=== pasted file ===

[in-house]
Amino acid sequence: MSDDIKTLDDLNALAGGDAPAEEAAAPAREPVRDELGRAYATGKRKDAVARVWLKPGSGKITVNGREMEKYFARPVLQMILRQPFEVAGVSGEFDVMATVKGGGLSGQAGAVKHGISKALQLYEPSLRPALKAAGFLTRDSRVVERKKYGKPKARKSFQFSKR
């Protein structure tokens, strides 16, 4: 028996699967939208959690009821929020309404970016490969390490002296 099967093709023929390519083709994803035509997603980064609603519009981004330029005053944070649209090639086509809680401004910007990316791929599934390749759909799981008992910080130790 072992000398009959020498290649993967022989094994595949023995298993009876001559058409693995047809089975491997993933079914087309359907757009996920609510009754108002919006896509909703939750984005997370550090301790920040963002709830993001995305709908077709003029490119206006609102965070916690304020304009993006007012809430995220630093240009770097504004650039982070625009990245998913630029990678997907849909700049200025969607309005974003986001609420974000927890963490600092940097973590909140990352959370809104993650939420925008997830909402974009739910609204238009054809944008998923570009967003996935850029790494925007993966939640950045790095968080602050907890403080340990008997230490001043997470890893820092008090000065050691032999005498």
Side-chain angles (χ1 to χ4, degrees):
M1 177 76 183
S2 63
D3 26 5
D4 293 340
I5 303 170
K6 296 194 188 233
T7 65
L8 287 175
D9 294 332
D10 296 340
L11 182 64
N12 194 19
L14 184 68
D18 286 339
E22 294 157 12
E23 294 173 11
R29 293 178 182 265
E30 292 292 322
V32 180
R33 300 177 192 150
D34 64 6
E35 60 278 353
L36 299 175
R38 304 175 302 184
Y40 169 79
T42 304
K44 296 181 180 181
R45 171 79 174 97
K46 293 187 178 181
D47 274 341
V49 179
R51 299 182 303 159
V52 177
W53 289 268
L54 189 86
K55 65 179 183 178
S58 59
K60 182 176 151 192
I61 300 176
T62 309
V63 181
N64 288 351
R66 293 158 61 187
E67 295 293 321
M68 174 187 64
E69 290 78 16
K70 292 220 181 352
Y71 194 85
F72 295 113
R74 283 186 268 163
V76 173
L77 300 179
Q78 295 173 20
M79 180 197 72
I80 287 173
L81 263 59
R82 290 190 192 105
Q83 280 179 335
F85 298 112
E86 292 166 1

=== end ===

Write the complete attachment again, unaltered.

[in-house]
Amino acid sequence: MSDDIKTLDDLNALAGGDAPAEEAAAPAREPVRDELGRAYATGKRKDAVARVWLKPGSGKITVNGREMEKYFARPVLQMILRQPFEVAGVSGEFDVMATVKGGGLSGQAGAVKHGISKALQLYEPSLRPALKAAGFLTRDSRVVERKKYGKPKARKSFQFSKR
């Protein structure tokens, strides 16, 4: 028996699967939208959690009821929020309404970016490969390490002296 099967093709023929390519083709994803035509997603980064609603519009981004330029005053944070649209090639086509809680401004910007990316791929599934390749759909799981008992910080130790 072992000398009959020498290649993967022989094994595949023995298993009876001559058409693995047809089975491997993933079914087309359907757009996920609510009754108002919006896509909703939750984005997370550090301790920040963002709830993001995305709908077709003029490119206006609102965070916690304020304009993006007012809430995220630093240009770097504004650039982070625009990245998913630029990678997907849909700049200025969607309005974003986001609420974000927890963490600092940097973590909140990352959370809104993650939420925008997830909402974009739910609204238009054809944008998923570009967003996935850029790494925007993966939640950045790095968080602050907890403080340990008997230490001043997470890893820092008090000065050691032999005498």
Side-chain angles (χ1 to χ4, degrees):
M1 177 76 183
S2 63
D3 26 5
D4 293 340
I5 303 170
K6 296 194 188 233
T7 65
L8 287 175
D9 294 332
D10 296 340
L11 182 64
N12 194 19
L14 184 68
D18 286 339
E22 294 157 12
E23 294 173 11
R29 293 178 182 265
E30 292 292 322
V32 180
R33 300 177 192 150
D34 64 6
E35 60 278 353
L36 299 175
R38 304 175 302 184
Y40 169 79
T42 304
K44 296 181 180 181
R45 171 79 174 97
K46 293 187 178 181
D47 274 341
V49 179
R51 299 182 303 159
V52 177
W53 289 268
L54 189 86
K55 65 179 183 178
S58 59
K60 182 176 151 192
I61 300 176
T62 309
V63 181
N64 288 351
R66 293 158 61 187
E67 295 293 321
M68 174 187 64
E69 290 78 16
K70 292 220 181 352
Y71 194 85
F72 295 113
R74 283 186 268 163
V76 173
L77 300 179
Q78 295 173 20
M79 180 197 72
I80 287 173
L81 263 59
R82 290 190 192 105
Q83 280 179 335
F85 298 112
E86 292 166 1